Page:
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An Interview with Rachid Kassim, Jihadist Orchestrating Attacks in France
By Amarnath Amarasingam
“I migrated to Syria one year ago, but now I am sad,” Rachid Kassim, a 29-year-old French jihadist tells me, in his first-ever interview. “A lot of us are jealous of brothers who attack in dar ul-kufr,” he said, using the Arabic term denoting non-Muslim lands. “We believe that even a small attack in dar ul-kufr is better than a big attack in Syria. As the door of hijrah [migration] closes, the door of jihad opens. If I stayed in dar ul-kufr, I would do an attack there.”
Words like these from jihadists like Kassim have heightened the concerns of security agencies across Europe and North America. If supporters of the Islamic State are prohibited from traveling to join their ranks in Syria and Iraq, will they instead turn their gaze inward? Over the last several months, Kassim has been quite vocal on Telegram, a messaging application, which also allows individuals to create channels where they can broadcast their message to the masses. Telegram has increasingly become the platform of choice for jihadist movements, particularly after Twitter became more committed to shutting down pro-jihadist accounts.
On his now-defunct Telegram channel, Sabre de Lumière (Sword of Light), Kassim, who authorities say is behind several plots in Europe, has been calling for attacks in European countries, as well as assassinations of religious scholars, journalists, and political figures. From Syria, Kassim has been linked via Telegram to a number of individuals in Europe willing to answer the Islamic State’s call for homegrown attacks. These individuals include: Larossi Abballa, who stabbed to death a policeman and his wife in Magnanville in June, two 19-year-olds, Adel Kermiche and Abdel Malik Petitjean, who a month later killed Jacques Hamel, an 85-year-old priest in Normandy, and to Inès Madani and the attempted plot to car bomb the Notre Dame cathedral in September.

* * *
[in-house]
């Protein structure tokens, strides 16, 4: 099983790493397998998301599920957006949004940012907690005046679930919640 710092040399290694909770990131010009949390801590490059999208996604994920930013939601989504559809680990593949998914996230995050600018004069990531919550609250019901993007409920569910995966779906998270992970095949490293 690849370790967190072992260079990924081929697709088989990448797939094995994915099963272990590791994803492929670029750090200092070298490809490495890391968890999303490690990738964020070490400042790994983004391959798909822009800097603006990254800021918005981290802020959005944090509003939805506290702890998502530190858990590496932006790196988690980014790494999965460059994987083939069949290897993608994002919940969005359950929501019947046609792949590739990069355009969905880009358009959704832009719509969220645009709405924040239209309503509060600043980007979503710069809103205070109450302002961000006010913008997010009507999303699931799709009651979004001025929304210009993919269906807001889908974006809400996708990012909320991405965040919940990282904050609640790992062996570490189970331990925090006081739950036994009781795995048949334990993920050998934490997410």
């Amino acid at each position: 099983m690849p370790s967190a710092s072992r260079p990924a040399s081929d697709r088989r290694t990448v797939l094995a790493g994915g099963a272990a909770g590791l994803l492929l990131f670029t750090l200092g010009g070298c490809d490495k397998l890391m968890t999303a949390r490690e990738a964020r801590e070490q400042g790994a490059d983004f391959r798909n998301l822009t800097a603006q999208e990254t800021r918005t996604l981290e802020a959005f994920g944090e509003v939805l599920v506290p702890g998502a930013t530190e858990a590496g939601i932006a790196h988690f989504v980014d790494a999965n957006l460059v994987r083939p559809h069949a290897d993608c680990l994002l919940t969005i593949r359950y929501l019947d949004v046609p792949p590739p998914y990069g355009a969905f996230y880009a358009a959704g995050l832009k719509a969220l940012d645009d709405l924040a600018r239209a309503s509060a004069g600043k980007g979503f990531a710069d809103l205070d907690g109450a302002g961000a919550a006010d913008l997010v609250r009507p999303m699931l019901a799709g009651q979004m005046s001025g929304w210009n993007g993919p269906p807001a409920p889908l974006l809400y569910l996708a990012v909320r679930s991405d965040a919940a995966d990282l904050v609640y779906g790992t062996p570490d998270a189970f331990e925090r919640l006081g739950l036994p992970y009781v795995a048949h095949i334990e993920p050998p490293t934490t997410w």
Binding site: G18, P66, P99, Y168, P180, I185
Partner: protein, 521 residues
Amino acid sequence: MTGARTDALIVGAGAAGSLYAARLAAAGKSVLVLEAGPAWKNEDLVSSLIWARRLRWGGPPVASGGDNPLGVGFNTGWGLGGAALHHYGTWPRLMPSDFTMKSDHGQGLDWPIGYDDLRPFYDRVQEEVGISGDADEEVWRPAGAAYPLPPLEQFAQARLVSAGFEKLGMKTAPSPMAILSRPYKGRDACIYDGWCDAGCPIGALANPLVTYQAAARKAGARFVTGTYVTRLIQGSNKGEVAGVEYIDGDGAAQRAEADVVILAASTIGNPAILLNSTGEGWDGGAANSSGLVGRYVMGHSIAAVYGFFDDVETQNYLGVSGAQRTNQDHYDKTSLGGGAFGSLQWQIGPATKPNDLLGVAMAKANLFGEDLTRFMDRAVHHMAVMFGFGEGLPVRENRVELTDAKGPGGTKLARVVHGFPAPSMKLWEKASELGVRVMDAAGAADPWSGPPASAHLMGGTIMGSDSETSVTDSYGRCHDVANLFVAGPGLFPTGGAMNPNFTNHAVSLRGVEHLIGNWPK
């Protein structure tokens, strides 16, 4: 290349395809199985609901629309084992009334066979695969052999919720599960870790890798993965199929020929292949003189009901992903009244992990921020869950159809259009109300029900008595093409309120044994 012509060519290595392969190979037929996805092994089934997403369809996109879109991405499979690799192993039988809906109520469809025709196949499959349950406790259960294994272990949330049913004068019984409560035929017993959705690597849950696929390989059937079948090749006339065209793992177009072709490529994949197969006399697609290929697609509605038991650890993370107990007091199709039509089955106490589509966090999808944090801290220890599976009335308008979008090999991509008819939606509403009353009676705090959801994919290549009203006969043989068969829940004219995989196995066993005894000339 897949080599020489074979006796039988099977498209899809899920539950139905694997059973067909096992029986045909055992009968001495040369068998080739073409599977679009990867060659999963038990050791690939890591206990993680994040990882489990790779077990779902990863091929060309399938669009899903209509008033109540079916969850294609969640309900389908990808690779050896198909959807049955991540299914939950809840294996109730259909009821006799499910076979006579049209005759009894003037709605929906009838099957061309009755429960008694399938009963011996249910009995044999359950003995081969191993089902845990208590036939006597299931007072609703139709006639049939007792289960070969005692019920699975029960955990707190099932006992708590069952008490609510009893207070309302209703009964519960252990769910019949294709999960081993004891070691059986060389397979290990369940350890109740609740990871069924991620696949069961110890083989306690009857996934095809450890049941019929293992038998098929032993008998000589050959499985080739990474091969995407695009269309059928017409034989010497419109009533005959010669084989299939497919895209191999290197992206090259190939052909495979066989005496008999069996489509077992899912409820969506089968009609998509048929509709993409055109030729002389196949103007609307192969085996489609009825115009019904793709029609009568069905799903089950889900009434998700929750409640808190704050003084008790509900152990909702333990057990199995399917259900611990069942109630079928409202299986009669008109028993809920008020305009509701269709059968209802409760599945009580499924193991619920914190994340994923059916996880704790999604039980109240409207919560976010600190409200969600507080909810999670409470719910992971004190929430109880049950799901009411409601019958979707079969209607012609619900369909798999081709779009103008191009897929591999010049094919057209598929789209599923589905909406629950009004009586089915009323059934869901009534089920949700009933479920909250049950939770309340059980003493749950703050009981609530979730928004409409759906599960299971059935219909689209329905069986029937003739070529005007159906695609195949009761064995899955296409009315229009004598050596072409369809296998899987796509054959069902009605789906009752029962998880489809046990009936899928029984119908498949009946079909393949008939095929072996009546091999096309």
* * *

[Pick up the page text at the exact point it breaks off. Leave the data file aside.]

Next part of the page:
For Kassim, plots in Europe and North America by inspired actors are justified retaliatory attacks. “France is targeting hospitals, targeting civilians,” he says, “They suffer every day under France and Europe’s bombardments. Violence did not originate from us. France and the USA started the killings. Once they stop, we’ll stop.”
When asked about these plots and his involvement, Kassim would not elaborate. “I am very proud of them, very very proud,” he said, speaking about Kermiche and Petitjean. “To me, these are role models and heroes. In terms of my role, secret services are aware of it. I have nothing to add.”
While it is clear that Kassim has been inspiring attacks in France, it is not at all clear whether he has been directed with such a task from ISIS leadership. “The least we can say is that he has a green light for what he’s doing,” according to Guy Van Vlierden, a journalist for the Belgian newspaper Het Laatste Nieuws who closely tracks European jihadist networks. “Otherwise, it wouldn’t be possible to continue from within IS territory.” Some analysts also suggest that similar Telegram channels exist aimed at inspiring attacks in Germany and other countries.